Intrathecal Baclofen for Amyotrophic Lateral Sclerosis-Associated Spasticity: Analysis of Long-Term Outcomes and Predictors of Treatment Response
Shearwood McClelland III M.D.1, Francois A. Bethoux M.D.2, Matthew H. Sutliff P.T.2, Darlene K. Stough R.N.2, Kathleen M. Schwetz R.N.2, Danuta M. Gogol R.N.2, Michelle Harrison P.T.2, Erik P. Pioro M.D., Ph.D.2, Nicholas M. Boulis M.D.3
1Department of Neurosurgery, University of Minnesota Medical School, Minneapolis, MN; 2Department of Neurology, The Cleveland Clinic Foundation, Cleveland, OH; 3Department of Neurosurgery, The Cleveland Clinic Foundation, Cleveland, OH.
Amyotrophic lateral sclerosis (ALS) is a progressive neurodegenerative disease affecting upper and lower motor neurons. Patients with significant upper motor neuron degeneration often experience spasticity, manifesting as involuntary muscle contraction that causes stiffness interfering with movement and locomotion. Although most spasticity patients are adequately controlled with medication and physical therapy, some patients remain refractory to treatment. For this subpopulation, intrathecal baclofen (ITB) may provide adequate relief for an otherwise untreatable condition. We detail our experience with the largest reported series of patients receiving ITB for intractable ALS-associated spasticity.
From 2003-2005, ten patients (6M/4F) with intractable ALS-associated spasticity underwent ITB placement at our institution. Mean age at surgery was 46.6 years (range=33-77), and average ALS duration was 51 months (range=13-120). All patients responded positively to preoperative ITB test injections (25-50 mcg), and subsequently underwent programmable intrathecal infusion system implantation. Postoperative response was quantified using the modified Ashworth scale. Mean follow-up was 11 months (range=1-29).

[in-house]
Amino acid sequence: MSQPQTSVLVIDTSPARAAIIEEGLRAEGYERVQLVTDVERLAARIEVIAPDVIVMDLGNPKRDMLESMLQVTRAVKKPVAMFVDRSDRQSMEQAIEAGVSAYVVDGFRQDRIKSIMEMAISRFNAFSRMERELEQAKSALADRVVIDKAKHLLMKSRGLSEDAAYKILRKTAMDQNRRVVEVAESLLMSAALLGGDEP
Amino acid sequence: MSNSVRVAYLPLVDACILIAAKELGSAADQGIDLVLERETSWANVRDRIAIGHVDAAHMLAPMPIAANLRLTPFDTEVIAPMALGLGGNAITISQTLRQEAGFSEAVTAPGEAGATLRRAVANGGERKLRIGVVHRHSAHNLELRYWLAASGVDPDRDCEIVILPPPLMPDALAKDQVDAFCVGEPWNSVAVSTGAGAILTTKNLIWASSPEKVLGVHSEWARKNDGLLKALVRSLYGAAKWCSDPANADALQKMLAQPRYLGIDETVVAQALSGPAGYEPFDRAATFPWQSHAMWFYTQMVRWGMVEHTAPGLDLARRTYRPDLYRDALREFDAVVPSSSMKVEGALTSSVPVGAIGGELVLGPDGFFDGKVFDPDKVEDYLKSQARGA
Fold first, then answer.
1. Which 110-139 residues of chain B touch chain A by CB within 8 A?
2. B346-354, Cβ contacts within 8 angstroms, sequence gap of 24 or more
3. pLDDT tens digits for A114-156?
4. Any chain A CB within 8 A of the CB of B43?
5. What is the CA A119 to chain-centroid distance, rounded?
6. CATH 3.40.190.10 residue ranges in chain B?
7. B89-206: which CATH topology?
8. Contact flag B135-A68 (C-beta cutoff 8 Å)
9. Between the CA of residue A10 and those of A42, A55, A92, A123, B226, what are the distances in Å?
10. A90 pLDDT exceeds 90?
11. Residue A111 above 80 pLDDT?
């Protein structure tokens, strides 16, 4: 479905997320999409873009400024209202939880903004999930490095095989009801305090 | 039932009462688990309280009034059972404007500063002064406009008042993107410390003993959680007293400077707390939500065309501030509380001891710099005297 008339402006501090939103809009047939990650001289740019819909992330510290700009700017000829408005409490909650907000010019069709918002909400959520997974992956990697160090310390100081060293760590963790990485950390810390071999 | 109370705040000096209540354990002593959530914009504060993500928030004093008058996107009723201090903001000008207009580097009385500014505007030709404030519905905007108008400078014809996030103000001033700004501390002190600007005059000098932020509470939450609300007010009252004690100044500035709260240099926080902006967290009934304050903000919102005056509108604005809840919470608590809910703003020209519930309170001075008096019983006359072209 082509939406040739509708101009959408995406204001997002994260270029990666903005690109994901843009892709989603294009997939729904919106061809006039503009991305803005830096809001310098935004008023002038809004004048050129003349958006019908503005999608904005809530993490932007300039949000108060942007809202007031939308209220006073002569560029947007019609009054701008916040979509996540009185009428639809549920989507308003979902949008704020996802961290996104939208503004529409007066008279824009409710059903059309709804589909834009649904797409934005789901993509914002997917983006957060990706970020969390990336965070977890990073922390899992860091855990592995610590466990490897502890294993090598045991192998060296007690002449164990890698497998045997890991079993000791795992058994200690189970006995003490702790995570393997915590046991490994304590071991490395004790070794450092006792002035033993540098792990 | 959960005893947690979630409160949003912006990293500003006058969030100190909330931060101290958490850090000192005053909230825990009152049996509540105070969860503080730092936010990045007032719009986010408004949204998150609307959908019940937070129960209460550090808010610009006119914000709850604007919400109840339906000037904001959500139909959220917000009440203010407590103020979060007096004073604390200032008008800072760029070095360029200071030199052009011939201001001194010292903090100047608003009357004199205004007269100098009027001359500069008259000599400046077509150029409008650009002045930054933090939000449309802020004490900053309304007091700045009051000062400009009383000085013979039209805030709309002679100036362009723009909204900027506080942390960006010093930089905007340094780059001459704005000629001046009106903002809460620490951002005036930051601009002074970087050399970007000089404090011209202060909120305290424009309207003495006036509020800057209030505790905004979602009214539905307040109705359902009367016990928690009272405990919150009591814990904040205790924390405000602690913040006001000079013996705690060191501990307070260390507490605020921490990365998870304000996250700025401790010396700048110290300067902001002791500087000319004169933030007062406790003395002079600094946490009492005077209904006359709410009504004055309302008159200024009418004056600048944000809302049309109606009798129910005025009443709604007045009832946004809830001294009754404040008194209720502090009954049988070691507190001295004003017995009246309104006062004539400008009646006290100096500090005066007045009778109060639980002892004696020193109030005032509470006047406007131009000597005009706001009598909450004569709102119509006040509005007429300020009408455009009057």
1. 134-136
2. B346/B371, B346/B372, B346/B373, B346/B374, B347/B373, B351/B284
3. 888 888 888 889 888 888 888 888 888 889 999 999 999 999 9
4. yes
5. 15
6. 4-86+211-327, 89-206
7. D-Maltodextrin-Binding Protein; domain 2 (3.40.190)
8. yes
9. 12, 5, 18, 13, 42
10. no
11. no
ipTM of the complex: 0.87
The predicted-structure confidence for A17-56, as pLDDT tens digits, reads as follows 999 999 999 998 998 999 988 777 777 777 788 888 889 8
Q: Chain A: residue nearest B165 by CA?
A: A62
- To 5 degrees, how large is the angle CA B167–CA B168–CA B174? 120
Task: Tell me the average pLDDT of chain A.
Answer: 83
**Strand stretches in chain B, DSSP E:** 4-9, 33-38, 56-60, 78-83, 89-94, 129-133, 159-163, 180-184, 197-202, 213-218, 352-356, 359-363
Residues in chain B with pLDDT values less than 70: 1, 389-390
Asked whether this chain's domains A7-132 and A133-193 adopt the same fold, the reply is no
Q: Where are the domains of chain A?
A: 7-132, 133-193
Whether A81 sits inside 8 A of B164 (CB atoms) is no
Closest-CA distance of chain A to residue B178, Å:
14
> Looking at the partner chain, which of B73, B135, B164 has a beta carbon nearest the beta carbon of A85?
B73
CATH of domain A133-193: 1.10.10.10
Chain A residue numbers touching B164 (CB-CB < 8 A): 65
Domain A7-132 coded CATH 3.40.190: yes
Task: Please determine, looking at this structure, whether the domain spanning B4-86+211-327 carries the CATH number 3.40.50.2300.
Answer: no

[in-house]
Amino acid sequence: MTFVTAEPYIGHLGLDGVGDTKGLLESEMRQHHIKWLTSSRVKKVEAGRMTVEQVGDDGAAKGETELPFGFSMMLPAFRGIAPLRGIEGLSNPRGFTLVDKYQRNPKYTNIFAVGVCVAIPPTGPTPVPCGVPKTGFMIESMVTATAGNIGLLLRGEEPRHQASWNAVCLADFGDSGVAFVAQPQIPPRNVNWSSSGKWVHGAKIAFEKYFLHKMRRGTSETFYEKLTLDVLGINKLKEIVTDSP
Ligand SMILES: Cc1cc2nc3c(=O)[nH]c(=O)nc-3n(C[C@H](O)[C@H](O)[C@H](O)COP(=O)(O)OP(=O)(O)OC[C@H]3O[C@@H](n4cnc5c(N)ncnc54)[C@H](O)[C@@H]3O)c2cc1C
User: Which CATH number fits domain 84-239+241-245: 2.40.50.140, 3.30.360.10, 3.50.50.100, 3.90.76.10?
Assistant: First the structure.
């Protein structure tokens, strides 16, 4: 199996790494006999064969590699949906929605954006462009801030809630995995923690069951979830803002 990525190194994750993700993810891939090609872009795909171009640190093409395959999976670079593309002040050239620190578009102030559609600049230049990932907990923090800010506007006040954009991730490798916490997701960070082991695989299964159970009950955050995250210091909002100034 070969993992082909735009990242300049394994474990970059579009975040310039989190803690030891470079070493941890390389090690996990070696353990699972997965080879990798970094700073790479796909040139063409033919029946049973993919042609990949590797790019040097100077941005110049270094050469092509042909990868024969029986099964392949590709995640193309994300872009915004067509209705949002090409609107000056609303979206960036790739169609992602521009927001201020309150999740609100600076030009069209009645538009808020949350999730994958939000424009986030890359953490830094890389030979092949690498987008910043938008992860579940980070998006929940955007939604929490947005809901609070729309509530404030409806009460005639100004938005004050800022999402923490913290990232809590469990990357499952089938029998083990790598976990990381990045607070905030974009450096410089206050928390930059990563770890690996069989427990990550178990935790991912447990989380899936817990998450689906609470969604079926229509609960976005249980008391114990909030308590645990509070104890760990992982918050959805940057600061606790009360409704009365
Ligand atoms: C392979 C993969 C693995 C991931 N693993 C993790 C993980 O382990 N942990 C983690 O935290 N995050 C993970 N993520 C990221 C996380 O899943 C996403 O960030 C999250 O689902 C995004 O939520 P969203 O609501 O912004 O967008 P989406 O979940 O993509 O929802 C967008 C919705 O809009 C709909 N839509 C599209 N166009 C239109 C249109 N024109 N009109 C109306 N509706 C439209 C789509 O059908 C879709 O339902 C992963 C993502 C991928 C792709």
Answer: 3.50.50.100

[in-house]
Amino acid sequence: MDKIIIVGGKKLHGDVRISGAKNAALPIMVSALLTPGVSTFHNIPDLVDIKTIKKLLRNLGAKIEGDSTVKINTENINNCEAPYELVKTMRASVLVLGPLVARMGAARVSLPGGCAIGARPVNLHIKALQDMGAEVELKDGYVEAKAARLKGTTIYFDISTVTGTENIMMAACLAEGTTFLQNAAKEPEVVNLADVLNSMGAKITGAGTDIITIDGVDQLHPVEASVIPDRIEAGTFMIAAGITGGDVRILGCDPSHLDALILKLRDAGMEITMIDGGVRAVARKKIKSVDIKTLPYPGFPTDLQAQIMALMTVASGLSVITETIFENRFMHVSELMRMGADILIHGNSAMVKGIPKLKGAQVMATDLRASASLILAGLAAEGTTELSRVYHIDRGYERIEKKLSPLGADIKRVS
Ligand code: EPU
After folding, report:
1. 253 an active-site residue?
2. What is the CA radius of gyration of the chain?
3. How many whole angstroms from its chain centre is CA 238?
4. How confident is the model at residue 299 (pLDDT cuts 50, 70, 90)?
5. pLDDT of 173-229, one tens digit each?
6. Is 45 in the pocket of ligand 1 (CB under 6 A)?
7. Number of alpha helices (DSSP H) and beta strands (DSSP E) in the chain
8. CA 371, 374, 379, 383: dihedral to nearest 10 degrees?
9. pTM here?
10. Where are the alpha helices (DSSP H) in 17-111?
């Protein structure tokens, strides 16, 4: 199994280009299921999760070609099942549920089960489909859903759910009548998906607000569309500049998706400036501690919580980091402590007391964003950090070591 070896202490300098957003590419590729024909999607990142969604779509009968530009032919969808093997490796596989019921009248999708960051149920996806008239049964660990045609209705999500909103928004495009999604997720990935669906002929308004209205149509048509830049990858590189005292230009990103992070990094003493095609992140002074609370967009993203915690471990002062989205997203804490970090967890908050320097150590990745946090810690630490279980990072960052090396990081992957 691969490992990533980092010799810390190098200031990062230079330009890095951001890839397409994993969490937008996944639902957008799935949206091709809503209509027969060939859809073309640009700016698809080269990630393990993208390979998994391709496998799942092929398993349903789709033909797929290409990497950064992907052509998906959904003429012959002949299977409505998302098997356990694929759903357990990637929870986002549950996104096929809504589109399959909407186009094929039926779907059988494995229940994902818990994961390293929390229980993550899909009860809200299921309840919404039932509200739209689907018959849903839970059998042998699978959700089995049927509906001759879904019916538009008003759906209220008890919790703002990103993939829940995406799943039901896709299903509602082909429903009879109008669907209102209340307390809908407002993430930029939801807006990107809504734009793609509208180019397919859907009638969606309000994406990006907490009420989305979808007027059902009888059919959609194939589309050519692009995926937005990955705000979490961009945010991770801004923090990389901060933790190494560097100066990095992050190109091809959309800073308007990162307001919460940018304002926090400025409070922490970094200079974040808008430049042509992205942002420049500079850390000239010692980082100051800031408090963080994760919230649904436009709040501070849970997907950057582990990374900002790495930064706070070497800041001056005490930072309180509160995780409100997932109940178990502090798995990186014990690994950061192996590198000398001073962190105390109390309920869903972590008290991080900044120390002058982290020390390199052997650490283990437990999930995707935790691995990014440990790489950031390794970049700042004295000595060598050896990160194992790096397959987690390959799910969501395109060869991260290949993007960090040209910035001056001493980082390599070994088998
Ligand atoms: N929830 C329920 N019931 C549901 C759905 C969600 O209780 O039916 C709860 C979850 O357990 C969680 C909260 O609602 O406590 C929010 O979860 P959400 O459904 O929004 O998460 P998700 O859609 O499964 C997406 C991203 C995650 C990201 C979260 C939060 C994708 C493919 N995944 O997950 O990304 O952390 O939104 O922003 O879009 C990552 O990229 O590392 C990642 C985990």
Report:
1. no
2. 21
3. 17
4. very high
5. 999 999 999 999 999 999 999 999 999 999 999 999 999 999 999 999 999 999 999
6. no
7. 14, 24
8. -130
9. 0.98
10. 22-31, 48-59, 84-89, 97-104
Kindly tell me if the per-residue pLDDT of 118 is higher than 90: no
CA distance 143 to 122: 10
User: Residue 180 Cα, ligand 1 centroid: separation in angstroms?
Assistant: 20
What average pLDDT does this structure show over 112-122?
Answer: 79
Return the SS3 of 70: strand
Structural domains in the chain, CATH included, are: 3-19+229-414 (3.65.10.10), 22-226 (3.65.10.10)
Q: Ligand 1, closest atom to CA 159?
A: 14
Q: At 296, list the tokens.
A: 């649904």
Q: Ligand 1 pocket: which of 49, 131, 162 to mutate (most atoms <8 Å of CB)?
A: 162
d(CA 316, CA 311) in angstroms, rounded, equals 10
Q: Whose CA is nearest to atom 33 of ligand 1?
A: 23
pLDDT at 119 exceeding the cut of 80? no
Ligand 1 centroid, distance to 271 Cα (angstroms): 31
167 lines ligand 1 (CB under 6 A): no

Following ITB placement, the mean Ashworth score reduction was 1.7 (range=0-2.9), with no neurologic morbidity/mortality. Neither age over 40 (p=0.849) nor duration of ALS longer than 3 years (p=0.846) impacted postoperative response (t-test).
In the largest reported series of ITB for ALS patients, ITB provides effective treatment of intractable ALS-associated spasticity without neurologic morbidity/mortality. Careful patient selection, surgical technique and management are key to optimal results. Surgical intervention should not be withheld until patients are severely disabled (nonambulatory), since ITB in ALS patients with early-onset refractory spasticity may help preserve quality of life throughout the disease course.
Spasticity, Amyotrophic Lateral Sclerosis, Intrathecal Baclofen, Ashworth Scale